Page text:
Fixing broken health systems in the aftermath of conflictMonday, 24 Nov 2014
Professor Barbara McPake of ReBUILD has written an article in The Conversation on the importance of understanding and improving health systems in conflict-affected states. Some of the poorest and most vulnerable people are disproportionately represented in conflict-affected regions. Conflict causes chronic poverty and poverty itself can cause conflict. Conflict can arise where health systems have long been dysfunctional, and make the systems worse, as in Sierra Leone, now struggling to tackle the Ebola outbreak. But it can also devastate previously functional health systems, as in Syria.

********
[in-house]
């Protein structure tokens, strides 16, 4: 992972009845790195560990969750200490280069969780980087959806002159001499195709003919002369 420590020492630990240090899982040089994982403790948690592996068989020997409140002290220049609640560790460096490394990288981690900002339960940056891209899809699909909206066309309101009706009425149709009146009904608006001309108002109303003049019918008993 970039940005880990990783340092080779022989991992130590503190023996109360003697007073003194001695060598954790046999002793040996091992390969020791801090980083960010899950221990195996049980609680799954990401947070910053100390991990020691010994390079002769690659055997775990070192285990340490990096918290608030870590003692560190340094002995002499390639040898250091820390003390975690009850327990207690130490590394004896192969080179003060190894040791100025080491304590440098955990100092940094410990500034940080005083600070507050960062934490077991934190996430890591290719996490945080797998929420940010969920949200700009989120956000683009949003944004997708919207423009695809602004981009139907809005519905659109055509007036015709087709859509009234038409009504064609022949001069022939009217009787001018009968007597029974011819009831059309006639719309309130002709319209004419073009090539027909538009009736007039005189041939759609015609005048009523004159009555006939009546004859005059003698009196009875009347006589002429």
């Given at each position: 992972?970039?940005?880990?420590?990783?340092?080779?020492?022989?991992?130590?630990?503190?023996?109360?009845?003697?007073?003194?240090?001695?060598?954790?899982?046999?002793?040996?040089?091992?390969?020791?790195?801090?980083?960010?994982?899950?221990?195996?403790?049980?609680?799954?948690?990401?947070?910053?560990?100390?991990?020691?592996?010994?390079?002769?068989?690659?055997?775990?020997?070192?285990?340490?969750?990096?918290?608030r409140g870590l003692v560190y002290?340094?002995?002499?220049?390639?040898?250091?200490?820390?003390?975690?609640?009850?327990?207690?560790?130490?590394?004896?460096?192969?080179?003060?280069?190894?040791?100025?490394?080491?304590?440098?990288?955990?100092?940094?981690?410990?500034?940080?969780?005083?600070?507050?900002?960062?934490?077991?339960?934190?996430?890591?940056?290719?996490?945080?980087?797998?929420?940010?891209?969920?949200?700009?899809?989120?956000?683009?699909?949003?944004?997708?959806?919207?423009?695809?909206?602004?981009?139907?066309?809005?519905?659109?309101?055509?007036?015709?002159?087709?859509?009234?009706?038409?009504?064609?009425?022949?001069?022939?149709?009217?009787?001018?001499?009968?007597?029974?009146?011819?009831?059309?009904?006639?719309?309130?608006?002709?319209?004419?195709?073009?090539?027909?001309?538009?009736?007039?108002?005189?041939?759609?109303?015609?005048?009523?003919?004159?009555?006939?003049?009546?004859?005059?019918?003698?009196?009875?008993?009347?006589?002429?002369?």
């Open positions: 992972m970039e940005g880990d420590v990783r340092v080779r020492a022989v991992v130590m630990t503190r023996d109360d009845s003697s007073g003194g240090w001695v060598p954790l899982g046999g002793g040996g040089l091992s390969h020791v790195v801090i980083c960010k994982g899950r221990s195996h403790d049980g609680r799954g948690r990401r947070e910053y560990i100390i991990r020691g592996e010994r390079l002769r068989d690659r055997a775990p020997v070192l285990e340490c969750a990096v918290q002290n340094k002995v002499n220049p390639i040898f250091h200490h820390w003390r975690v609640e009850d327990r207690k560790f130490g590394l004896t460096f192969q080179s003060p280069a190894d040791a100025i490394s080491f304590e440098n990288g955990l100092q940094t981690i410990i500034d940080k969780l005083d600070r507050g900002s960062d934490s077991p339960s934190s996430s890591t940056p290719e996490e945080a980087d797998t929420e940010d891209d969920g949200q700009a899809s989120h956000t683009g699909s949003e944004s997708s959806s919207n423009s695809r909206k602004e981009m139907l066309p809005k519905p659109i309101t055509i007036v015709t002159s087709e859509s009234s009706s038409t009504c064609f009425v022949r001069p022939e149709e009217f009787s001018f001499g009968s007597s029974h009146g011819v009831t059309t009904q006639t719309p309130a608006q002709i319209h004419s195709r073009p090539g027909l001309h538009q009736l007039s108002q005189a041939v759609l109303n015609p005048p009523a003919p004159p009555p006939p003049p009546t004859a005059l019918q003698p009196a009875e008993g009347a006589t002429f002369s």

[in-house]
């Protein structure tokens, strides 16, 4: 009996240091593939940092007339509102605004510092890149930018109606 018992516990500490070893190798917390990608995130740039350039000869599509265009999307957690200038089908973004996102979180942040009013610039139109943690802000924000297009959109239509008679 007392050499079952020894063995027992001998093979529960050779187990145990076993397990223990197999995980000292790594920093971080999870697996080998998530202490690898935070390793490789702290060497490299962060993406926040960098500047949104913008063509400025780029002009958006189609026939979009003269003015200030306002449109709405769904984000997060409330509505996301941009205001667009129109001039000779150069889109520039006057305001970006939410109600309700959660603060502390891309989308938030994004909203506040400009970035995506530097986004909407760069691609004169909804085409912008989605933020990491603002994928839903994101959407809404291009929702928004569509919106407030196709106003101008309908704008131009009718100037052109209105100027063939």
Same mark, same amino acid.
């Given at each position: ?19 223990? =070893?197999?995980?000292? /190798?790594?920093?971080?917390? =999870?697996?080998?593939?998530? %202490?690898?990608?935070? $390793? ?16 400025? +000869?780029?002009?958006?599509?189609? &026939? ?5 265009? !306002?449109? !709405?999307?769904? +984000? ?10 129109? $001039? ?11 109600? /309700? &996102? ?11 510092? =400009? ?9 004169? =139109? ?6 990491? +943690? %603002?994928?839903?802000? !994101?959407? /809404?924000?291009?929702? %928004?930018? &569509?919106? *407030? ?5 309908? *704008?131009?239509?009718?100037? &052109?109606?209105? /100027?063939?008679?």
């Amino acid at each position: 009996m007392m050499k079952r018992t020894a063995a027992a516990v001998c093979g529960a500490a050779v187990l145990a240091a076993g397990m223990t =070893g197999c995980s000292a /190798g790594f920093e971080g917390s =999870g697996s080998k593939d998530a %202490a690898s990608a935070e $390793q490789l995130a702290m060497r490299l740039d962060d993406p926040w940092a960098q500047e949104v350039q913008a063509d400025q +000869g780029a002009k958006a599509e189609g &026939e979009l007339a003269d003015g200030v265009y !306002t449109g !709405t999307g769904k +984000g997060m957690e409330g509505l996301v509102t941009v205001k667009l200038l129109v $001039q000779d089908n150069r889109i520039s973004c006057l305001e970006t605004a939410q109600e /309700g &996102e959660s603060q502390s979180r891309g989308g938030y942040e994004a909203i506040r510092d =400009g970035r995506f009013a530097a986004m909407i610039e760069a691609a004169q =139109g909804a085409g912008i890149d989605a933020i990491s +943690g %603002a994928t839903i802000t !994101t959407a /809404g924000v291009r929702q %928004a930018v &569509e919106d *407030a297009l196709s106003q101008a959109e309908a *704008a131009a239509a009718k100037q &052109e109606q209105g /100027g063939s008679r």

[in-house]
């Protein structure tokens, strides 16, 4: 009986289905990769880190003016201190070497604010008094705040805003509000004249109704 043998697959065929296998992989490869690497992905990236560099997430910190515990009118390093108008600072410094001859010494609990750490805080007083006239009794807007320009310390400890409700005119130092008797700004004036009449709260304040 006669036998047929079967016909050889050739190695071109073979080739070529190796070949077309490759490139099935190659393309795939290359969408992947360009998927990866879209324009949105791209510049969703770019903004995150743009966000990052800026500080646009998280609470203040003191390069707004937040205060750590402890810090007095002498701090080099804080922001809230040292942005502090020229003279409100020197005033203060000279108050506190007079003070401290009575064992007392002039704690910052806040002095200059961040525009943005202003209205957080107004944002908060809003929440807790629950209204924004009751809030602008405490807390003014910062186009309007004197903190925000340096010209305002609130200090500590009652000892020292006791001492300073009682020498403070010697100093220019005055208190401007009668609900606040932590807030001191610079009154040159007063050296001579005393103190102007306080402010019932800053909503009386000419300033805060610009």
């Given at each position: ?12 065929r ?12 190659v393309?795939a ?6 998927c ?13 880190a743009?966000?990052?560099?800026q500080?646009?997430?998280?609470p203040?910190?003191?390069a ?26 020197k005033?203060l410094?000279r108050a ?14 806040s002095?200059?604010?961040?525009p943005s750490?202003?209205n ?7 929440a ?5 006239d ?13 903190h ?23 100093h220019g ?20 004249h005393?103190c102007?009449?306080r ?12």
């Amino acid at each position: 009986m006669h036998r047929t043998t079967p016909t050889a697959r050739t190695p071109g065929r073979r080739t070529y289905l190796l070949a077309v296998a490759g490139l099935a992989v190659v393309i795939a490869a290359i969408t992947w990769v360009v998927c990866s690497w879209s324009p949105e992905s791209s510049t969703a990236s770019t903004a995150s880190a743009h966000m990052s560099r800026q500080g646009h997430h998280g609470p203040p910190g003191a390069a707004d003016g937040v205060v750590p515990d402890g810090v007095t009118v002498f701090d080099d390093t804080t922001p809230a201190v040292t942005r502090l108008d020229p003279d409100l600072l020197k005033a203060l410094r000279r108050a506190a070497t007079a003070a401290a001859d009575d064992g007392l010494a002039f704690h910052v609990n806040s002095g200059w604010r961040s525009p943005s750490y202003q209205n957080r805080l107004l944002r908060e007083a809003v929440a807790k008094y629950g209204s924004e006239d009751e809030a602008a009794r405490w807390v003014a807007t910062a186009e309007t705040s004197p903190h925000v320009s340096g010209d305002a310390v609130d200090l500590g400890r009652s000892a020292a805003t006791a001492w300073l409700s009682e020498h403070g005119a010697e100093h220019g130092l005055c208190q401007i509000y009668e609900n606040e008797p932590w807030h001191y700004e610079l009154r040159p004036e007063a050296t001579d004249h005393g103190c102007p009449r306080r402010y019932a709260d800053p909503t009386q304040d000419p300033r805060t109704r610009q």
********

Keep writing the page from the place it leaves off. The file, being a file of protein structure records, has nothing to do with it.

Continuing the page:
The post-conflict period presents huge challenges for often weak governments. But getting investments right in this complex rebuilding period post-conflict may set the direction of the system for some time. This is the area that ReBUILD research is contributing to. And as Professor McPake argues, the post-2015 development agenda will not tackle the issues affecting the world’s poorest and most vulnerable if it neglects conflict-affected states.